The revised rules mean that a sponsoring employer only has to report a delayed employment commencement date if it amounts to a delay of more than 28 days. Overburdened HR directors and key personnel have embraced these changes as they reduce red tape.

If the employment delay goes beyond 28 days an employer can still sponsor a care worker. That’s the case even if the reason for the delay isn’t related to the worker’s contractual notice period. Under the new rules, there has to be an acceptable reason for the delay.

What amounts to an acceptable reason is assessed by the Home Office. Examples given by the Home Office include awaiting clearance from the worker’s home country, illness, bereavement or other compelling family or personal circumstances. The Home Office list is non-exhaustive and our experience is that the Home Office is receptive to being open about what amounts to an acceptable reason if the case worker is provided with sufficient explanation.

If a Home Office official decides that the reason given for the worker’s delayed start isn’t acceptable the new member of staff’s visa could be curtailed. The more usual scenario is that the worker has to apply for a new health and care worker visa and wait for it to be granted before they can start their employment. Any fresh visa application must be submitted before the end of the curtailment period.  Otherwise, the worker will be classed as an overstayer and that will affect the outcome of their second health and care worker visa application.

If you are uncertain about whether a delay in start date beyond 28 days is likely to be deemed acceptable it is best to speak to your Sponsorship Licence lawyers for guidance. Whilst it may be tempting to ignore the 28-day rule and reporting requirement because of your recruitment pressures and staff shortages it isn’t worth it as you might place your sponsor licence at risk of being downgraded or even suspended.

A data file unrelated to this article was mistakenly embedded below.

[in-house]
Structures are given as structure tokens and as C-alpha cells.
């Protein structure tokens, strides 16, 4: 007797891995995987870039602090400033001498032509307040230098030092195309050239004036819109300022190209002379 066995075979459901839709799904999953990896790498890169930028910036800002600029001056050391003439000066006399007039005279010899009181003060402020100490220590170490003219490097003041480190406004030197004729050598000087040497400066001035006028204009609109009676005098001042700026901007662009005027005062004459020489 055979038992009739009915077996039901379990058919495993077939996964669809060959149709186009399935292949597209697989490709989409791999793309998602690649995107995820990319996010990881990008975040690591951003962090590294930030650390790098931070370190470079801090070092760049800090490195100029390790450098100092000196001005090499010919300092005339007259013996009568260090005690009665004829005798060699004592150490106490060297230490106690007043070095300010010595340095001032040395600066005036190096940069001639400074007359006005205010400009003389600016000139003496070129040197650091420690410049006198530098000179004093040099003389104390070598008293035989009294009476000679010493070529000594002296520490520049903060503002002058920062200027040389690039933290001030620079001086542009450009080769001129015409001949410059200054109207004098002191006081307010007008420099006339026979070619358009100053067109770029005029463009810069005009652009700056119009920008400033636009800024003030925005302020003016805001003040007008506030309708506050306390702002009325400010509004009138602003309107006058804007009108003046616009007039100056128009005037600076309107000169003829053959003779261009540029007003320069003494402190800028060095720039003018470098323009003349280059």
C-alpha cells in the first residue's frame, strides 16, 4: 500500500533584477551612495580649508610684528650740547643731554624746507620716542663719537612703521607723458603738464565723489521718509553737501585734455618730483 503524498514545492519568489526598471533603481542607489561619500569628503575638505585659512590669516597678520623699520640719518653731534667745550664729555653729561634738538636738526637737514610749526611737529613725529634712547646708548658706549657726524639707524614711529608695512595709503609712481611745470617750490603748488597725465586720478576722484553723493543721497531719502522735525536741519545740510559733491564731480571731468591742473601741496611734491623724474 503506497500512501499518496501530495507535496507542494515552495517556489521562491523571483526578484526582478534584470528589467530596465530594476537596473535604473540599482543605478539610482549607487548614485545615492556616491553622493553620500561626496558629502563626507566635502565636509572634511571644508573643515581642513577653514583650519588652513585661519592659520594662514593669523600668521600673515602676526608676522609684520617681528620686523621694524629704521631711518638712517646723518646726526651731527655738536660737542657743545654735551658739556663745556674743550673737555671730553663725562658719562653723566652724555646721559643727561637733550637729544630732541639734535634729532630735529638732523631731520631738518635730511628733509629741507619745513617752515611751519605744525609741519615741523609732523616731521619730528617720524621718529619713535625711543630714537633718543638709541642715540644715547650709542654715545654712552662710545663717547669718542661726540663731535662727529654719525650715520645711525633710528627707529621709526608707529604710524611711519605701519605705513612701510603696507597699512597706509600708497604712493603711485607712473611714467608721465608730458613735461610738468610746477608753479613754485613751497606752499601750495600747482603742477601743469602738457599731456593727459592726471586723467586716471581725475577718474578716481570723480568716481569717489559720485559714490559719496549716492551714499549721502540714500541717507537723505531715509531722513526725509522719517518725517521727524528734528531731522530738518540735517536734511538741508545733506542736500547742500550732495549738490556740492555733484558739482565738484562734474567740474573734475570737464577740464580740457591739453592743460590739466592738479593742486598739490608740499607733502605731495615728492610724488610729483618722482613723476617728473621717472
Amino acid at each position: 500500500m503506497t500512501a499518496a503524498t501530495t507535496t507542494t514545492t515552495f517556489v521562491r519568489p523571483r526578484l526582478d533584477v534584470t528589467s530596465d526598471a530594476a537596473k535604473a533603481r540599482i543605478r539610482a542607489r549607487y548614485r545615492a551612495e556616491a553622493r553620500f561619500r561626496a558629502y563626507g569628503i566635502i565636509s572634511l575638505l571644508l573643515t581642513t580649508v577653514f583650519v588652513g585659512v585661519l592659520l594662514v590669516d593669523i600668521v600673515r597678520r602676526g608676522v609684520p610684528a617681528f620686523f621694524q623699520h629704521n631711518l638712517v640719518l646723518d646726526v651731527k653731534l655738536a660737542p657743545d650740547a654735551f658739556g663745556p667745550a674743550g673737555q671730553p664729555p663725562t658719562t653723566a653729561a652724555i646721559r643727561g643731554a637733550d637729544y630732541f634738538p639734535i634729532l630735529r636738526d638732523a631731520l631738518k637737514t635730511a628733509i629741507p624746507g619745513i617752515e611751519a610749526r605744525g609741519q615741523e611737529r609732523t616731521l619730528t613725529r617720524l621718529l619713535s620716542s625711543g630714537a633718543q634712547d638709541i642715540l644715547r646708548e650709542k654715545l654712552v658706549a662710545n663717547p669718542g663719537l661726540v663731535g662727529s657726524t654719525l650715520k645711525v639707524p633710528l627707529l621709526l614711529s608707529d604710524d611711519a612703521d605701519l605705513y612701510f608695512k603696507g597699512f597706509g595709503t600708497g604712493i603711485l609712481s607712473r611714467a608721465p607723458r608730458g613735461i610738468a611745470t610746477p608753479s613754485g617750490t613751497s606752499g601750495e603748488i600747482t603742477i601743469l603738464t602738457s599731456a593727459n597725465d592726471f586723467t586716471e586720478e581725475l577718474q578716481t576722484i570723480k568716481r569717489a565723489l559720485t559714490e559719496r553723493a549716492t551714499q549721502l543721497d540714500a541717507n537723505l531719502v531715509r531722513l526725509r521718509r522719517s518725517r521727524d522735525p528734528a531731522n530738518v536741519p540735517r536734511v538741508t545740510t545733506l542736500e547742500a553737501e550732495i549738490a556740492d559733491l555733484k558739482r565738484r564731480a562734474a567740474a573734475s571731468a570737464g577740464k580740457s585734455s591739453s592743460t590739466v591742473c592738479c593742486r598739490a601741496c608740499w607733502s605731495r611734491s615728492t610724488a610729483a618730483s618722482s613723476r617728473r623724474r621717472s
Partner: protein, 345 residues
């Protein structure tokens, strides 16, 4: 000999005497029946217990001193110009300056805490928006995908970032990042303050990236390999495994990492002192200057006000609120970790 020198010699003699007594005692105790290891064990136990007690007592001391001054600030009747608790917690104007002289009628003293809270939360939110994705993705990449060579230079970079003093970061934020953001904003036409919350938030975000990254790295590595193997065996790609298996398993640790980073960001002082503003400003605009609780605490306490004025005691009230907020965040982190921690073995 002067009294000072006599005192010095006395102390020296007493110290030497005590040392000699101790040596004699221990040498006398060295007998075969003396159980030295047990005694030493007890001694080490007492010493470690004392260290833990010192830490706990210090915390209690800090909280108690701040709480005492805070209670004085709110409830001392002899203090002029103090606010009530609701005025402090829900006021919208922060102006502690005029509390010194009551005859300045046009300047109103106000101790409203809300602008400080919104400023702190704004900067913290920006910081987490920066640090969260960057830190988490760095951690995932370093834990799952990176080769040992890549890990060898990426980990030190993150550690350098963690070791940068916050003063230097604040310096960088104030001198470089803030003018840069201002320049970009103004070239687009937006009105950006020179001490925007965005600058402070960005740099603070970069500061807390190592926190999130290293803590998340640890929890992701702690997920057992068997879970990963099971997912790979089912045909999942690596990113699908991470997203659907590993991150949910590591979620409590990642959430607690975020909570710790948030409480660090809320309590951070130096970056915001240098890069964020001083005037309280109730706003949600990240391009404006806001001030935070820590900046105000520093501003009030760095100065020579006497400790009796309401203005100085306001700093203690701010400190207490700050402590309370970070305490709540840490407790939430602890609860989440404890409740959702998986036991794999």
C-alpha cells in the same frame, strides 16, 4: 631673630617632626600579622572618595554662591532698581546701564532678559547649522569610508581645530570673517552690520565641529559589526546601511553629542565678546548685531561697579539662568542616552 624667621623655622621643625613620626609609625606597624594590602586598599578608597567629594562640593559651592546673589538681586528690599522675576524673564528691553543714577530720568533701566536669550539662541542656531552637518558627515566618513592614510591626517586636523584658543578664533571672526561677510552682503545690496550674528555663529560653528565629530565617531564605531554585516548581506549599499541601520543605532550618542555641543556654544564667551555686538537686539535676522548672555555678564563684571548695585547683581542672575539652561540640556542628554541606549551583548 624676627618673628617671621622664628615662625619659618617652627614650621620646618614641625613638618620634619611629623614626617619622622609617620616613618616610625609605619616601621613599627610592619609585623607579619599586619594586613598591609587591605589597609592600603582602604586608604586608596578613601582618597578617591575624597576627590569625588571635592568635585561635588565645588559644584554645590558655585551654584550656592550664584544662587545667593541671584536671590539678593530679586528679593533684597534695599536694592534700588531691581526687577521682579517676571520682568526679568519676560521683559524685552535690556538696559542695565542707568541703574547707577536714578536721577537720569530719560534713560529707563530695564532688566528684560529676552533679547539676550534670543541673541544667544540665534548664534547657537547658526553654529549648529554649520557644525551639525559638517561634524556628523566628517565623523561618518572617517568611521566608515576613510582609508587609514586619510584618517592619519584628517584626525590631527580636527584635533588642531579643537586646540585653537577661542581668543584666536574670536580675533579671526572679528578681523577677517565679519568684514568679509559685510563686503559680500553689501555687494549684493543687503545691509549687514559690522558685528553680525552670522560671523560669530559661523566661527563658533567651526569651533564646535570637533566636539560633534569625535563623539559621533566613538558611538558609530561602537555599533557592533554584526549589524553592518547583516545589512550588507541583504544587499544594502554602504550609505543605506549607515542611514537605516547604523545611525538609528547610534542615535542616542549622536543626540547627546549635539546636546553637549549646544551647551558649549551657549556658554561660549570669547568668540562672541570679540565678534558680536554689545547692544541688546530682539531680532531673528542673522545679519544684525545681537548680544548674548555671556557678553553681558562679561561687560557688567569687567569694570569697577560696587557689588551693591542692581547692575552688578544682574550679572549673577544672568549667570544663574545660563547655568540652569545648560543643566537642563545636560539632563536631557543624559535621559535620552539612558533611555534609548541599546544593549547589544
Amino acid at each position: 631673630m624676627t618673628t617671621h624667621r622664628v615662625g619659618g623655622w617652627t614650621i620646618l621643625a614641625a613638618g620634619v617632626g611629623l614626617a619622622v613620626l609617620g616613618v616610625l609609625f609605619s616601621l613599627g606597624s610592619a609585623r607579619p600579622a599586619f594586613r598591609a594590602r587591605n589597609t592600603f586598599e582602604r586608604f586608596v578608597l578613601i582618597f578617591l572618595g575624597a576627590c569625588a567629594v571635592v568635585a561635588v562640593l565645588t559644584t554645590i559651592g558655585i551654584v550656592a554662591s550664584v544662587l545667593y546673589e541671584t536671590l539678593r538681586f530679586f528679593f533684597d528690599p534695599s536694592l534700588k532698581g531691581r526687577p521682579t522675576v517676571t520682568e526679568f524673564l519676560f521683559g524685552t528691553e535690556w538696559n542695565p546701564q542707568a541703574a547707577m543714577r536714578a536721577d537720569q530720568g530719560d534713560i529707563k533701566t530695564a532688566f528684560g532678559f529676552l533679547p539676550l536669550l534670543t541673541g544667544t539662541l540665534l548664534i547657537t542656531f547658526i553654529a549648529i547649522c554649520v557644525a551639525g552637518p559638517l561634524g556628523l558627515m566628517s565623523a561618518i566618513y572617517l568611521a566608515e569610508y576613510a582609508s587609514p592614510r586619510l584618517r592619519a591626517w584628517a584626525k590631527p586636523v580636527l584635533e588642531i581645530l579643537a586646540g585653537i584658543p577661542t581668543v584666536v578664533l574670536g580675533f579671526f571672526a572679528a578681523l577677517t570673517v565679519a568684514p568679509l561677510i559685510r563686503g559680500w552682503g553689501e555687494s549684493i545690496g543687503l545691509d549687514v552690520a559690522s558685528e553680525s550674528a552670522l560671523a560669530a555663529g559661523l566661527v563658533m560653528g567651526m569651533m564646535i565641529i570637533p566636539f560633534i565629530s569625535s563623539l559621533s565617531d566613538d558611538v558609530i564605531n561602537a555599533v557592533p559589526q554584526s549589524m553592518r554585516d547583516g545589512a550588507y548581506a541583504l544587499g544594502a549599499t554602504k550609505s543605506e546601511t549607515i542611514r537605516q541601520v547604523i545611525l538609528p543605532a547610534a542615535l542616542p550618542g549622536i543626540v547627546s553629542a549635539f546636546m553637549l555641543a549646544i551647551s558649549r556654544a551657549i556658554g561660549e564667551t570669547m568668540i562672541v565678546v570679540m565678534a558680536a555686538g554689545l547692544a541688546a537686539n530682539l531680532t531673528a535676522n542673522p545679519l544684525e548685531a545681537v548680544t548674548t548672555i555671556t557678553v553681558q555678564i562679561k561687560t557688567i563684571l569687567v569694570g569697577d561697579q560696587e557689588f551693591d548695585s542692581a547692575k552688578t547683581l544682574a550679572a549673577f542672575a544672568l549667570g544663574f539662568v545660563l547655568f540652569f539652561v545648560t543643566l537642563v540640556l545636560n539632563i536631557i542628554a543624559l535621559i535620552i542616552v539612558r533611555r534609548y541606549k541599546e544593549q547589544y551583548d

What clearance, if any, is required from a health and care worker visa applicant’s home country?

A few countries require a work visa applicant to secure an exit permit. Whether a permit is required may depend on the visa applicant’s circumstances. For example, Singapore or the Philippines where clearance is required from the Philippine Overseas Labor Office (POLO).

The requirement to obtain an exit permit can delay a start date as even if the health and care worker visa applicant is keen to begin work in the UK red tape in their home country can delay matters. This isn’t the problem that it used to be. Provided the applicant can provide evidence that they have applied for exit clearance from their home country and are awaiting a decision then even if their start date is pushed back beyond 28 days the Home Office should conclude that the delay in commencing employment is for an acceptable reason and allow the sponsorship to proceed.

Care home sponsor licence questions

Whether you are operating one or 200 care or nursing homes you will inevitably have sponsor licence questions.

As specialist business immigration team and Sponsorship Licence lawyers we have substantial experience in sponsor licence management. We provide a sponsor licence management service for a fixed monthly retainer to take the burden off in-house staff to manage these legal obligations. We can answer all your sponsor licence and health and care worker visa queries.

Our sponsor licence range of packages includes:

  • Pre-first sponsor licence application audit and assessment to prepare for your sponsor licence
  • Ongoing compliance advice
  • Full retained services where we handle all your sponsorship licence work

UK Online and London-Based Immigration Solicitors and Sponsorship Licence Lawyers

For specialist care home related sponsor licence advice call OTS Solicitors on 0203 959 9123 or contact us online.